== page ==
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What is: Action

In WordPress, an action is a bit of PHP code that developers can use to modify how a WordPress site works or add new features. WordPress has many predefined actions that allow developers to add their own code at specific points throughout the WordPress core.

Actions are one of the big features that makes WordPress so customizable.

What is Action

Throughout the WordPress code, there are “hooks” where developers can “hang” their own code. There are two types of hooks: action hooks and filter hooks.

Action hooks are where developers can place actions.

The action and filter hooks are the foundation of how the WordPress core, themes, and plugins work.

Note: If you’re a beginner, then we strongly caution against editing any WordPress files. Only experienced users who feel comfortable with editing functions.php file and have some knowledge of PHP should try this. Beginners should either use a plugin to accomplish the task they want to perform or consult professionals to edit code the code for you.

Before editing any code on your WordPress site we recommend that you backup your website in the event of a coding error. If you don’t have a backup plugin, be sure to read our article where we compare the best WordPress backup plugins.

What Are Action Hooks in WordPress?

Action hooks allow you to completely customize WordPress in any way you can imagine. Many themes and plugins use action hooks to add features.

For example, you can use an action hook to send an email to the author after a post is published, load a custom script in the footer of the page, or give your readers instructions on how to complete a form.

To get a better understanding of action in WordPress, it’s helpful to see how an action relates to two other terms, hooks and filters. Understanding these three terms together will make the term “action” a little easier to grasp.

Hooks are simply a position and do nothing by themselves. They are a place that allows developers to “hook in” their custom code into WordPress at specific locations and change how WordPress operates without editing core files.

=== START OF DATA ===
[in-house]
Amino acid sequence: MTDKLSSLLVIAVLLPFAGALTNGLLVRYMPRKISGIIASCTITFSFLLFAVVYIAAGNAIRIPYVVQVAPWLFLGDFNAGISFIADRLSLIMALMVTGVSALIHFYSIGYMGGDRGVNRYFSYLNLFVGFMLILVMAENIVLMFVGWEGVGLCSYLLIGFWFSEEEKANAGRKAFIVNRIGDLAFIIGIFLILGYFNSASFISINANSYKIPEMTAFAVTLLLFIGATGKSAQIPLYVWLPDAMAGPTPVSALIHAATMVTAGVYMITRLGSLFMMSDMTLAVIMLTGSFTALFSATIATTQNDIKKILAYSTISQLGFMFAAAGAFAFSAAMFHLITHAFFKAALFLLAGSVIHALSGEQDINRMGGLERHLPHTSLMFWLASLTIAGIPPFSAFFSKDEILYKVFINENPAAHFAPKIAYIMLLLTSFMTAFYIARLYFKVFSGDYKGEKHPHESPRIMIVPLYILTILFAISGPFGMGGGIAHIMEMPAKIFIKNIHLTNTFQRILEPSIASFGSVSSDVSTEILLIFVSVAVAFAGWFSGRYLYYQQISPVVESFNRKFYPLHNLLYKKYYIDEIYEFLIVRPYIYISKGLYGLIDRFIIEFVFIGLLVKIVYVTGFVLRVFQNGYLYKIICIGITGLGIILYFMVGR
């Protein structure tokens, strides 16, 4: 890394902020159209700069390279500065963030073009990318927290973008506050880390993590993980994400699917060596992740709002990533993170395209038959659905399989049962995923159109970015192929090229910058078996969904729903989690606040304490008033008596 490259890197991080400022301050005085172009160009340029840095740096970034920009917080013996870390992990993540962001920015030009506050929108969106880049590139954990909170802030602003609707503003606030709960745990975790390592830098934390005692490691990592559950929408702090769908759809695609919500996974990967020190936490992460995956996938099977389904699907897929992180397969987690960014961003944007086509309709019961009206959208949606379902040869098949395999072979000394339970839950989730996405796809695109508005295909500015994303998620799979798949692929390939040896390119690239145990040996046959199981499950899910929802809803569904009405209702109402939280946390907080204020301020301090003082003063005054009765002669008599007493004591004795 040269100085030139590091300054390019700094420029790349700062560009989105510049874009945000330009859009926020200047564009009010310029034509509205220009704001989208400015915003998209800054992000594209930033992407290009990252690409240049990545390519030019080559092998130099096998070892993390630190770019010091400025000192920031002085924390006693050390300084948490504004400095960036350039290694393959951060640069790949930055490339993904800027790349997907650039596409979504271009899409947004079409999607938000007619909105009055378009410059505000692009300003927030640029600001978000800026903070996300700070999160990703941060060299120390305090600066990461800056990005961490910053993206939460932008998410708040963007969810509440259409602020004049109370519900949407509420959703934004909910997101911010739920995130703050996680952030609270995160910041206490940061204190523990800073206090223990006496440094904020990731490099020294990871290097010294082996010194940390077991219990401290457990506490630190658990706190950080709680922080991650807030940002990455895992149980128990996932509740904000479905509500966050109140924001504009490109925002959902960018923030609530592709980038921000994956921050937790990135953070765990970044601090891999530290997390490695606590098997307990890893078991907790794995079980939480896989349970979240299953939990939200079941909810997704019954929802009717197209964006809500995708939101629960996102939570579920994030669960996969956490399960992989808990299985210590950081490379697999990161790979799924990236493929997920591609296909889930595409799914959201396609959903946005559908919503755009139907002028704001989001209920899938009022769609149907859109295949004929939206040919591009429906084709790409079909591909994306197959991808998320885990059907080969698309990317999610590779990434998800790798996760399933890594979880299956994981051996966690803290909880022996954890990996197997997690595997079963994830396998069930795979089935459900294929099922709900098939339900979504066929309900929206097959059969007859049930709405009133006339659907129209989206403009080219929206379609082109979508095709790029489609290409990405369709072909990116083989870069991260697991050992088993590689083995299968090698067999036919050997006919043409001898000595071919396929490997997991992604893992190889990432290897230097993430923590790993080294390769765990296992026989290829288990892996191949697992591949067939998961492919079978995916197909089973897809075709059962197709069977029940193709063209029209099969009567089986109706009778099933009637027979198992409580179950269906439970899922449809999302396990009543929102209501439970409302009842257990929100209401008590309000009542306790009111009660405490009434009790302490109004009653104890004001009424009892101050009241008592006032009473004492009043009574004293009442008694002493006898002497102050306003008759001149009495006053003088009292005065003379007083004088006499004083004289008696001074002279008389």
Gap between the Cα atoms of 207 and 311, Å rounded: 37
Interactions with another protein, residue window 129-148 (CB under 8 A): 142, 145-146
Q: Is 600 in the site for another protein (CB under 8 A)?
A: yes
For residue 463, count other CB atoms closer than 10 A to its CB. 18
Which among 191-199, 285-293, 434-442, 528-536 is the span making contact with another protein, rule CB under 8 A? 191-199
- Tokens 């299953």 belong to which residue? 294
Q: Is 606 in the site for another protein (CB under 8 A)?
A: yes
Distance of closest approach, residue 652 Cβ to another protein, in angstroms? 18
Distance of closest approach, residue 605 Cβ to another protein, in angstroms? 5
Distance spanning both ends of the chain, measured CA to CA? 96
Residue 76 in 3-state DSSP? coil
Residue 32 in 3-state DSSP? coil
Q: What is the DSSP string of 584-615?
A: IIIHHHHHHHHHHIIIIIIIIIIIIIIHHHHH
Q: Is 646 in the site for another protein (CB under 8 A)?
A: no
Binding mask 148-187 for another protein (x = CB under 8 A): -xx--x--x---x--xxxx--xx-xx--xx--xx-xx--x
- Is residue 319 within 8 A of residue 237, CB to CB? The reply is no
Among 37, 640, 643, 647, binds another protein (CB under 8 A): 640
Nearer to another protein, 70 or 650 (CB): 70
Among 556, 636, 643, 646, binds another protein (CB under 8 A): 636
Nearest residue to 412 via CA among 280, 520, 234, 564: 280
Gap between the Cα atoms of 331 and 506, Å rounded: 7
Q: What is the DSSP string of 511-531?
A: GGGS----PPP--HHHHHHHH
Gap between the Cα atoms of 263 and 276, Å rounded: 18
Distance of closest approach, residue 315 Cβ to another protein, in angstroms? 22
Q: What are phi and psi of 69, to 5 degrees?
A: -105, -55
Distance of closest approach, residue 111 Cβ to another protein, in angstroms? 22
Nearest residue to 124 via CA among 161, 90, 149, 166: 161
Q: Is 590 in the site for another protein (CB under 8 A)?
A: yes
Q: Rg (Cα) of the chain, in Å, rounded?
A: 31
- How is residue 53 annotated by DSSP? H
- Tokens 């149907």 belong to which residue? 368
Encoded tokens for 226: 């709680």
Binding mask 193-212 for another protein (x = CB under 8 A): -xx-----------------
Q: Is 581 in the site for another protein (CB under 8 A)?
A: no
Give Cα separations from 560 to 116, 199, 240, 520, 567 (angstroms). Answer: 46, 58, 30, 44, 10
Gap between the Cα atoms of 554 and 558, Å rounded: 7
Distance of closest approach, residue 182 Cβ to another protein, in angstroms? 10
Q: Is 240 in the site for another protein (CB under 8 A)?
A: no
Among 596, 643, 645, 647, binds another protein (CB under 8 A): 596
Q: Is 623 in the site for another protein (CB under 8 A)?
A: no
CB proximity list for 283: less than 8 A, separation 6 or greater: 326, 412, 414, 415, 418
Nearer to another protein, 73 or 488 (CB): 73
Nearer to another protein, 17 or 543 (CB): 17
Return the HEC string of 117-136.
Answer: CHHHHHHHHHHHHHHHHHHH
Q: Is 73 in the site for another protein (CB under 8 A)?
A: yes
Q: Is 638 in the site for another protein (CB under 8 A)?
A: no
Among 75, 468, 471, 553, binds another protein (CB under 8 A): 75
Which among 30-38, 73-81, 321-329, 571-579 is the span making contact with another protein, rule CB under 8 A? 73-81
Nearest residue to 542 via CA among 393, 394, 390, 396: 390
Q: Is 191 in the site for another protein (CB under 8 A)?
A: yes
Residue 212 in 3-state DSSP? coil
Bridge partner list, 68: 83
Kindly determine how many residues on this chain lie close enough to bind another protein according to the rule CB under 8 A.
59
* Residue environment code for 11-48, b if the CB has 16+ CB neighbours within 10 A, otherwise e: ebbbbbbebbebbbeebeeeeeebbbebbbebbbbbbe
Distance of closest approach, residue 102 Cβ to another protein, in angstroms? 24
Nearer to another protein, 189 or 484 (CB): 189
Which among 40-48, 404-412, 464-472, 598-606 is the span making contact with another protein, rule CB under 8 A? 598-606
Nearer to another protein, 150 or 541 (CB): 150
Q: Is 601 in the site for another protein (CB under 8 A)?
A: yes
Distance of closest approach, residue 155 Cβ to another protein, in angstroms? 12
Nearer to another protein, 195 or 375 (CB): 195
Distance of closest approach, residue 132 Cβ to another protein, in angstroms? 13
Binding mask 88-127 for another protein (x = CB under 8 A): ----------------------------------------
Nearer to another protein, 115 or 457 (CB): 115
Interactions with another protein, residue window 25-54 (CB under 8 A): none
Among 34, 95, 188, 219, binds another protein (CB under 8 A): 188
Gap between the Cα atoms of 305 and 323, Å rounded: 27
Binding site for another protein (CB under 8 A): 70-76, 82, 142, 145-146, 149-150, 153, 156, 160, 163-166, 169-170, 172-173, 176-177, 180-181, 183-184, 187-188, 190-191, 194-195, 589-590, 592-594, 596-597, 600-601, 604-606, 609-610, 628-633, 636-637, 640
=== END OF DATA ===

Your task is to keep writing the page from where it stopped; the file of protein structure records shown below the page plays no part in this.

Filters are codes that allow you to modify existing data before sending it back to WordPress to be processed before it displays the changed data.

A filter lets you do things like changing the length of an excerpt, placing related posts beneath your main content, or changing a price in WooCommerce.

Actions are also pieces of code that can create extra functionality at a specific point during a page’s processing. For example, you might want to add another widget or place a promotional message to your page.

Both actions and filters can be used in plugins or themes.

How to Add Action Hooks in WordPress

All Action hooks are added using the add_action() function. WordPress has several functions that allow you to use actions, but these are the ones that are most commonly used:

  • add_action(): this attaches a function to a hook you specified in the “do_action.”
  • remove_action(): this removes a function attached to a specified action hook.
  • do_action(): this is where the “hooked” functions will be run.
  • has_action(): checks to see if an action has been registered.

To give you an example of how they can be used, let’s assume that you want to add a copyright notice to your footer.

In order to do this you could modify your footer template directly. But many times it’s much easier, and better practice, to hook your code to a predefined action that’s already being executed in the footer.

To do this, you can add your copyright code into a function in your functions.php file. You can then add this function to an action that’s in the spot where you would like your copyright code to be executed.

function copyright_notice() {
   echo "Copyright All Rights Reserved";

In this example, copyright_notice is an action hooked into wp_footer hook. The function copyright_notice will be executed whenever the wp_footer() hook appears in a WordPress theme code.

Actions in WordPress provide a way for you to output content nearly anywhere in your theme. Likely, there is already a default hook that will do exactly what you need. WordPress offers a list of actions in their Plugin API/Action Reference.

We hope this article helped you learn more about actions in WordPress. You may also want to see our Additional Reading list below for related articles on useful WordPress tips, tricks, and ideas.

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Additional Reading

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